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This article homepages.cwi.nl/~lex/files/perma5.pdf from a recent issue of the American Mathematical Monthly describes the recent - and completely elementary - proof of Van der Waerden's theorem due to Leonid Gurvits. – Jon Yard May 17 2010 at 17:15

People say that Hilbert's basis theorem was once proven using pages of explicit computation with polynomials, but now everyone learns Hilbert's beautiful, if non-constructive, proof instead. Regrettably I have no idea what the "old proof" looks like.

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What? I think there is by definition no constructive proof of Hilbert's basis theorem. Maybe you mean the Gröbner basis for the invariant ring of a group action, or the projective resolution? These are both still best proven constructively, as the constructive proofs yield tons of additional results. – darij grinberg May 16 2010 at 20:16
Okay, that's always the question with the word "constructive". If we have an ideal given by some equations, or even by generators, how much do we know about the set of leading coefficients of elements of this ideal? Not enough to find its generators. But then again, Hilbert's basis theorem is not 100% constructive itself, for this very reason: we have no idea how the ideal is given. – darij grinberg May 16 2010 at 20:37
@Qiaochu: I read an article on the history of the HBT, and the way it actually "went down" was that the theorem was proven individually for explicit rings. Hilbert proved the HBT and in doing so proved the general theorem. – Harry Gindi May 16 2010 at 22:50
The quote is Gordan's. – Mariano Suárez-Alvarez May 16 2010 at 23:52
Do read McLarty's article people.math.jussieu.fr/~harris/theology.pdf on Gordan's attitude towards Hilbert's work. Historical reality is much more interesting than the myth. – David Corfield May 17 2010 at 13:39
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I believe Schur's Lemma was originally considered difficult (after all it did get named). However it is now a one-line proof in an undergraduate course.

I suspect Schur was interested in finite dimensional representations of finite dimensional algebras over the complex numbers. Then the lemma is that the endomorphism ring of an irreducible representation is the complex numbers. Don't ask me why this was considered difficult. The definition of an abstract algebra was not published until after Molien and Wedderburn's results so I can see the statement would have been convoluted.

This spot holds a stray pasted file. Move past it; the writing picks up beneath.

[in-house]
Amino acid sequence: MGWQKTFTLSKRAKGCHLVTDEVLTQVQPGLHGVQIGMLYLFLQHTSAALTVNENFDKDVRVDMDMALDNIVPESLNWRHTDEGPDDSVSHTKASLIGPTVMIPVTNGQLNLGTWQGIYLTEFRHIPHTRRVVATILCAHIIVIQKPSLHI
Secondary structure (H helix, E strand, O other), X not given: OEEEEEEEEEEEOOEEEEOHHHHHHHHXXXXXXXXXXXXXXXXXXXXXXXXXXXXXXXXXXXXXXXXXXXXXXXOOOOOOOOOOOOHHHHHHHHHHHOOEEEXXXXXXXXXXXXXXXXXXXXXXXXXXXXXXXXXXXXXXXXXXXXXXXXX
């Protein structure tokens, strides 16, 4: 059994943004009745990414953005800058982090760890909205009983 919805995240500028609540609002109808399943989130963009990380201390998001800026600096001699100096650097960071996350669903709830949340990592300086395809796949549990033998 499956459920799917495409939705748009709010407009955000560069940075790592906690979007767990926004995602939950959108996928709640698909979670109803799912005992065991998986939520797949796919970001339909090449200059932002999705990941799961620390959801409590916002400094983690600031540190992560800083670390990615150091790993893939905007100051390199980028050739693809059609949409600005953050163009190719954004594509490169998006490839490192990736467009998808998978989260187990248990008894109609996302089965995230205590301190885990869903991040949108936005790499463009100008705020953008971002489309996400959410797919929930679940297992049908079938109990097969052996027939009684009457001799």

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As far as I know, Schur's proof was the one that we still use. "After all it did get named" is not a good argument: it's an extremely important result, even though the proof is very easy, hence nomenclature "lemma". A better example within the same realm would be Hurwitz's proof of complete reducibility of representations of GL_n using averaging over the maximal compact subgroup: that had previously been known only in special cases, via the (complicated) Cayley $\Omega$ process. – Victor Protsak May 18 2010 at 2:30
Hmm. I still consider the $\Omega$ processes more interesting than the theorems they are used to prove... – darij grinberg May 18 2010 at 10:23
I think Victor is right. In fact, according to Karin Erdman, Schur himself used to be quite embarassed by the fact that such a trivial statement would get his name attached to it, considering that he proved much bigger and more difficult (although possibly not more important) results. – Alex Bartel Oct 5 2010 at 9:05
I once simultaneously audited a physics course taught by J. Van Vleck (who later won a Nobel prize) and took a math course from George Mackey. Both of them proved Schur's Lemma, and only a few days apart. Van Vleck's proof was done entirely with complicated matrix manipulations and took about fifteen minutes. Mackey gave the easy one sentence proof without even writing anything on the board ! – Dick Palais Jan 25 2011 at 6:58

The fundamental theorem of algebra is a very easy consequence of Liouville's theorem in complex analysis.

There is also the (even simpler) proof due to Schep.

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 Also, there is the Rouche's Theorem method in a similar vein. – Matt May 18 2010 at 6:10 Of course there are many proofs of the fundamental theorem of algebra. Recently I have come to like those that hinge on openness of holomorphic mappings: if f is polynomial, there cannot be a nonzero minimum value |f(z_0)|, because f takes an open neighborhood of z_0 to an open neighborhood of f(z_0). For a very elementary proof based on a similar idea, see ncatlab.org/nlab/show/… – Todd Trimble Jan 25 2011 at 0:43